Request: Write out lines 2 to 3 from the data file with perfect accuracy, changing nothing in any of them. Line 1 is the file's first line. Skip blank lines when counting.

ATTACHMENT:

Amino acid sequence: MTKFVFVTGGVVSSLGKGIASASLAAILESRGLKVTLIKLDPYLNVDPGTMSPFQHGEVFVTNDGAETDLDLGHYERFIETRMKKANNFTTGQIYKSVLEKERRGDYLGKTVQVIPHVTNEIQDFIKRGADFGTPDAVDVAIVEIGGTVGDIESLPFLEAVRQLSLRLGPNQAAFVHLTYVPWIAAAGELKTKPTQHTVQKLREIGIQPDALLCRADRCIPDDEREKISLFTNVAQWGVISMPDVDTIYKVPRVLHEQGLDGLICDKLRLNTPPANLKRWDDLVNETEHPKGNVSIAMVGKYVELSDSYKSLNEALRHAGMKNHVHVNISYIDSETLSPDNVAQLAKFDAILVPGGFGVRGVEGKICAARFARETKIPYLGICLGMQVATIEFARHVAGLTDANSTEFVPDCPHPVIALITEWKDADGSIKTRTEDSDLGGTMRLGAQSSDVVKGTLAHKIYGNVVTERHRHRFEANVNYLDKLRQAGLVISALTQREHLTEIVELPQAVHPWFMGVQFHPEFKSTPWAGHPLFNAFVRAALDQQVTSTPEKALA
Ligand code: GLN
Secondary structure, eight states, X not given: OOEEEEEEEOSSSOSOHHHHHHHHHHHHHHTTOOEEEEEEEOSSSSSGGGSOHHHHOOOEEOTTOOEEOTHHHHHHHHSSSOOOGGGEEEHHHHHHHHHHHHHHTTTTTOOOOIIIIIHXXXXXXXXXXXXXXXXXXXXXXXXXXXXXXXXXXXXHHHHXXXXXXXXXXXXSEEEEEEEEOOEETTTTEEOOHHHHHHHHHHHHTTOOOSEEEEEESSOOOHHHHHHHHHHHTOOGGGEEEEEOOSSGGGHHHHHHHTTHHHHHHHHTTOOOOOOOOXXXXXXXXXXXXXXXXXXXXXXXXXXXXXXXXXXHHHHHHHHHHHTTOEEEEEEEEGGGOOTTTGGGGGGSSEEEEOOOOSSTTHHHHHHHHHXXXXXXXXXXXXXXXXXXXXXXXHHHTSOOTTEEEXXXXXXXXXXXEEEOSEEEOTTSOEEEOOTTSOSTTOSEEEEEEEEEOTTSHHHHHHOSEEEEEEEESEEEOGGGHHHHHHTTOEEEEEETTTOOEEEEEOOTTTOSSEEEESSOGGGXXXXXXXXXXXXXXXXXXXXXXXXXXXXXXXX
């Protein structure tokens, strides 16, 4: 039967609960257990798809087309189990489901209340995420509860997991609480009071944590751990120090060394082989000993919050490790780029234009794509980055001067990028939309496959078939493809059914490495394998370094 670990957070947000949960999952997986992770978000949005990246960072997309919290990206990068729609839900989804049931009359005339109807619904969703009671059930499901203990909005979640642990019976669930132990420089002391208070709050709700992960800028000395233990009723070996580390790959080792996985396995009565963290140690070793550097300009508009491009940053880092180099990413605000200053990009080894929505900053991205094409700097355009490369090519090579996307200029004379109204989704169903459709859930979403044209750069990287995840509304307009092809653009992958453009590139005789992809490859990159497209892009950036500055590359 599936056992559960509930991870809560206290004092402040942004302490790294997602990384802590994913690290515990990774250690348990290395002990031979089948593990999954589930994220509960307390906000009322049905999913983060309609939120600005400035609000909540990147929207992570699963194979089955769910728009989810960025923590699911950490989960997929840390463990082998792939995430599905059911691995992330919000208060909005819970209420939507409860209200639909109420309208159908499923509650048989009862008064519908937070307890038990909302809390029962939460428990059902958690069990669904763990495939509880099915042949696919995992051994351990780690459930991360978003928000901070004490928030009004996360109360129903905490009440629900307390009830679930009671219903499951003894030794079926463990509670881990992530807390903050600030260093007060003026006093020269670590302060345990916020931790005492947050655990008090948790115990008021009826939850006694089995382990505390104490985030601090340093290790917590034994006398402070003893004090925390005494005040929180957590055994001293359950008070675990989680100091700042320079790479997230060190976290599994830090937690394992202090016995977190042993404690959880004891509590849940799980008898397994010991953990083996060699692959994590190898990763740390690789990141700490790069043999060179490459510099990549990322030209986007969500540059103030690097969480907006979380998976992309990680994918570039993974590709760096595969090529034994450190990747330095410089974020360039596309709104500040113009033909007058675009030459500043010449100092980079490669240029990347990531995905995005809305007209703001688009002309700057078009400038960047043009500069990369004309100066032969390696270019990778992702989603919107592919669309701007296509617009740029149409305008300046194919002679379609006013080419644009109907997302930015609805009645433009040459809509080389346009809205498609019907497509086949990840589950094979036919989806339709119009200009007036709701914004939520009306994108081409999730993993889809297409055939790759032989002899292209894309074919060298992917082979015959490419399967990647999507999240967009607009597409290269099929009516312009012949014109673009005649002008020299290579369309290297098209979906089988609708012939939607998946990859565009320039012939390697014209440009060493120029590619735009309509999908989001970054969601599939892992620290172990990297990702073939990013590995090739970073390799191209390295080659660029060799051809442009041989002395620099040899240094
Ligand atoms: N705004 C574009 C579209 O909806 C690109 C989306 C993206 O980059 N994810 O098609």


Ligand code: GLN
Secondary structure, eight states, X not given: OOEEEEEEEOSSSOSOHHHHHHHHHHHHHHTTOOEEEEEEEOSSSSSGGGSOHHHHOOOEEOTTOOEEOTHHHHHHHHSSSOOOGGGEEEHHHHHHHHHHHHHHTTTTTOOOOIIIIIHXXXXXXXXXXXXXXXXXXXXXXXXXXXXXXXXXXXXHHHHXXXXXXXXXXXXSEEEEEEEEOOEETTTTEEOOHHHHHHHHHHHHTTOOOSEEEEEESSOOOHHHHHHHHHHHTOOGGGEEEEEOOSSGGGHHHHHHHTTHHHHHHHHTTOOOOOOOOXXXXXXXXXXXXXXXXXXXXXXXXXXXXXXXXXXHHHHHHHHHHHTTOEEEEEEEEGGGOOTTTGGGGGGSSEEEEOOOOSSTTHHHHHHHHHXXXXXXXXXXXXXXXXXXXXXXXHHHTSOOTTEEEXXXXXXXXXXXEEEOSEEEOTTSOEEEOOTTSOSTTOSEEEEEEEEEOTTSHHHHHHOSEEEEEEEESEEEOGGGHHHHHHTTOEEEEEETTTOOEEEEEOOTTTOSSEEEESSOGGGXXXXXXXXXXXXXXXXXXXXXXXXXXXXXXXX